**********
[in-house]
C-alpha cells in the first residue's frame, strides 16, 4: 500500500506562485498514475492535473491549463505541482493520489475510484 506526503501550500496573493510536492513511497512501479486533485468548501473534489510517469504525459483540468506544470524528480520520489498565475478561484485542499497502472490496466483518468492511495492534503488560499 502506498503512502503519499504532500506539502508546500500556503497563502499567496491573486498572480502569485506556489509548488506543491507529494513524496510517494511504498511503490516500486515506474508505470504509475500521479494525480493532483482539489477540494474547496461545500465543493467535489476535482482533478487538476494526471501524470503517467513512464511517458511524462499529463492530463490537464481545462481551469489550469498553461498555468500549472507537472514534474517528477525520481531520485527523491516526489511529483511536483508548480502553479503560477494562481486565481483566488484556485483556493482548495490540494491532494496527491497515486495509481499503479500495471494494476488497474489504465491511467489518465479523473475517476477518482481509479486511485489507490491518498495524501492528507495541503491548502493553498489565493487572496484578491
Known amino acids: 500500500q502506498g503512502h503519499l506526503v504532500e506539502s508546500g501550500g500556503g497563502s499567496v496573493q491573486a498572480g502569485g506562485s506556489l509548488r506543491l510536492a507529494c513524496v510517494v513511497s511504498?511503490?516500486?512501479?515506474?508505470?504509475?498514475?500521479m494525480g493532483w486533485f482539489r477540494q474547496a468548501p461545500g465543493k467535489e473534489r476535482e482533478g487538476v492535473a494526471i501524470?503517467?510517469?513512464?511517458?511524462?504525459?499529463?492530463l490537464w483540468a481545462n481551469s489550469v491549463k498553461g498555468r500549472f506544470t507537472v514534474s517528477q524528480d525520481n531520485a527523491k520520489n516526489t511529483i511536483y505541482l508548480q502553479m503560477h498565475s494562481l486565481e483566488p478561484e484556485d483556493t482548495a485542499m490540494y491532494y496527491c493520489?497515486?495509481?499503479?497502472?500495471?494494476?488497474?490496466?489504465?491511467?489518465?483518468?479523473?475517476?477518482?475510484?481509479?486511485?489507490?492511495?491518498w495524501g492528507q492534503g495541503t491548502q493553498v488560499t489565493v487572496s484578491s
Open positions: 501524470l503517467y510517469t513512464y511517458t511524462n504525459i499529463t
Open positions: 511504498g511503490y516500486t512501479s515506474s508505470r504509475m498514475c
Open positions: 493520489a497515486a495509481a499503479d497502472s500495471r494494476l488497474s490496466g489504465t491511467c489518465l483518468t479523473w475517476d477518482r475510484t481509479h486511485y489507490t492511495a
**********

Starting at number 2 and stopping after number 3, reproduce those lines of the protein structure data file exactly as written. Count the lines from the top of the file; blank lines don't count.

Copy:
C-alpha cells in the first residue's frame, strides 16, 4: 500500500506562485498514475492535473491549463505541482493520489475510484 506526503501550500496573493510536492513511497512501479486533485468548501473534489510517469504525459483540468506544470524528480520520489498565475478561484485542499497502472490496466483518468492511495492534503488560499 502506498503512502503519499504532500506539502508546500500556503497563502499567496491573486498572480502569485506556489509548488506543491507529494513524496510517494511504498511503490516500486515506474508505470504509475500521479494525480493532483482539489477540494474547496461545500465543493467535489476535482482533478487538476494526471501524470503517467513512464511517458511524462499529463492530463490537464481545462481551469489550469498553461498555468500549472507537472514534474517528477525520481531520485527523491516526489511529483511536483508548480502553479503560477494562481486565481483566488484556485483556493482548495490540494491532494496527491497515486495509481499503479500495471494494476488497474489504465491511467489518465479523473475517476477518482481509479486511485489507490491518498495524501492528507495541503491548502493553498489565493487572496484578491
Known amino acids: 500500500q502506498g503512502h503519499l506526503v504532500e506539502s508546500g501550500g500556503g497563502s499567496v496573493q491573486a498572480g502569485g506562485s506556489l509548488r506543491l510536492a507529494c513524496v510517494v513511497s511504498?511503490?516500486?512501479?515506474?508505470?504509475?498514475?500521479m494525480g493532483w486533485f482539489r477540494q474547496a468548501p461545500g465543493k467535489e473534489r476535482e482533478g487538476v492535473a494526471i501524470?503517467?510517469?513512464?511517458?511524462?504525459?499529463?492530463l490537464w483540468a481545462n481551469s489550469v491549463k498553461g498555468r500549472f506544470t507537472v514534474s517528477q524528480d525520481n531520485a527523491k520520489n516526489t511529483i511536483y505541482l508548480q502553479m503560477h498565475s494562481l486565481e483566488p478561484e484556485d483556493t482548495a485542499m490540494y491532494y496527491c493520489?497515486?495509481?499503479?497502472?500495471?494494476?488497474?490496466?489504465?491511467?489518465?483518468?479523473?475517476?477518482?475510484?481509479?486511485?489507490?492511495?491518498w495524501g492528507q492534503g495541503t491548502q493553498v488560499t489565493v487572496s484578491s